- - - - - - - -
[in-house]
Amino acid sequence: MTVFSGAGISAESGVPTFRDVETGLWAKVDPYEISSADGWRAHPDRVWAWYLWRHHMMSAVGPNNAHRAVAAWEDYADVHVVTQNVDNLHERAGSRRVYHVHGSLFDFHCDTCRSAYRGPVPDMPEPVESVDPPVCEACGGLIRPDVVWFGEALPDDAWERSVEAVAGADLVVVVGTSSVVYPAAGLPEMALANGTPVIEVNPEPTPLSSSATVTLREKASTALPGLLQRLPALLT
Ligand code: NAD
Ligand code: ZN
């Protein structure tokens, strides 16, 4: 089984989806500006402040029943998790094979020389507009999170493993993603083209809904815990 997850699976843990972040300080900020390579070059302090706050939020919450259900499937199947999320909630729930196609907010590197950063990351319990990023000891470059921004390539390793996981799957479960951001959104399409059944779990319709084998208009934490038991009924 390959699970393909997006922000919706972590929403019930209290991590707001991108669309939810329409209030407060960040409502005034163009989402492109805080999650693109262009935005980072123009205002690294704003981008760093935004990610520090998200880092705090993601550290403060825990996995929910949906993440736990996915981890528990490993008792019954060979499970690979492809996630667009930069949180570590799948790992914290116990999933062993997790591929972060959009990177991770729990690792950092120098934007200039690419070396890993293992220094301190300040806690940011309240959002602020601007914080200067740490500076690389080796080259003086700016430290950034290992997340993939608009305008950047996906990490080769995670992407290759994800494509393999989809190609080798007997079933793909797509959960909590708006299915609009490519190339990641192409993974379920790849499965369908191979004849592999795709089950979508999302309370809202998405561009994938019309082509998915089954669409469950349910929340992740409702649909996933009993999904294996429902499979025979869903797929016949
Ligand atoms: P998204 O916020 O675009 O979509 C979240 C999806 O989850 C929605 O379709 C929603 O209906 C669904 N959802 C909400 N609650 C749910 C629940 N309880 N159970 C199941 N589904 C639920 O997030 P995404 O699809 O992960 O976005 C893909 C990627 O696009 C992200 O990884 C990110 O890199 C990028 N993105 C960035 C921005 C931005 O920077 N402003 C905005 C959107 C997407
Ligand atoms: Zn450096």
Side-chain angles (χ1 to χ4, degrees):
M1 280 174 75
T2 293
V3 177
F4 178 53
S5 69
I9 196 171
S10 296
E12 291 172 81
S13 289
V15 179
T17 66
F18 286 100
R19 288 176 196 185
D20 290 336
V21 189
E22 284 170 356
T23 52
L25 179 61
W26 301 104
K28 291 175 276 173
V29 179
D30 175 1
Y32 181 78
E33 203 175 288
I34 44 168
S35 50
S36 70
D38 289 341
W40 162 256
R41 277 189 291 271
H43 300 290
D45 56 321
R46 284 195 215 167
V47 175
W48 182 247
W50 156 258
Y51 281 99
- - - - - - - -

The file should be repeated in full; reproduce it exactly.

[in-house]
Amino acid sequence: MTVFSGAGISAESGVPTFRDVETGLWAKVDPYEISSADGWRAHPDRVWAWYLWRHHMMSAVGPNNAHRAVAAWEDYADVHVVTQNVDNLHERAGSRRVYHVHGSLFDFHCDTCRSAYRGPVPDMPEPVESVDPPVCEACGGLIRPDVVWFGEALPDDAWERSVEAVAGADLVVVVGTSSVVYPAAGLPEMALANGTPVIEVNPEPTPLSSSATVTLREKASTALPGLLQRLPALLT
Ligand code: NAD
Ligand code: ZN
């Protein structure tokens, strides 16, 4: 089984989806500006402040029943998790094979020389507009999170493993993603083209809904815990 997850699976843990972040300080900020390579070059302090706050939020919450259900499937199947999320909630729930196609907010590197950063990351319990990023000891470059921004390539390793996981799957479960951001959104399409059944779990319709084998208009934490038991009924 390959699970393909997006922000919706972590929403019930209290991590707001991108669309939810329409209030407060960040409502005034163009989402492109805080999650693109262009935005980072123009205002690294704003981008760093935004990610520090998200880092705090993601550290403060825990996995929910949906993440736990996915981890528990490993008792019954060979499970690979492809996630667009930069949180570590799948790992914290116990999933062993997790591929972060959009990177991770729990690792950092120098934007200039690419070396890993293992220094301190300040806690940011309240959002602020601007914080200067740490500076690389080796080259003086700016430290950034290992997340993939608009305008950047996906990490080769995670992407290759994800494509393999989809190609080798007997079933793909797509959960909590708006299915609009490519190339990641192409993974379920790849499965369908191979004849592999795709089950979508999302309370809202998405561009994938019309082509998915089954669409469950349910929340992740409702649909996933009993999904294996429902499979025979869903797929016949
Ligand atoms: P998204 O916020 O675009 O979509 C979240 C999806 O989850 C929605 O379709 C929603 O209906 C669904 N959802 C909400 N609650 C749910 C629940 N309880 N159970 C199941 N589904 C639920 O997030 P995404 O699809 O992960 O976005 C893909 C990627 O696009 C992200 O990884 C990110 O890199 C990028 N993105 C960035 C921005 C931005 O920077 N402003 C905005 C959107 C997407
Ligand atoms: Zn450096």
Side-chain angles (χ1 to χ4, degrees):
M1 280 174 75
T2 293
V3 177
F4 178 53
S5 69
I9 196 171
S10 296
E12 291 172 81
S13 289
V15 179
T17 66
F18 286 100
R19 288 176 196 185
D20 290 336
V21 189
E22 284 170 356
T23 52
L25 179 61
W26 301 104
K28 291 175 276 173
V29 179
D30 175 1
Y32 181 78
E33 203 175 288
I34 44 168
S35 50
S36 70
D38 289 341
W40 162 256
R41 277 189 291 271
H43 300 290
D45 56 321
R46 284 195 215 167
V47 175
W48 182 247
W50 156 258
Y51 281 99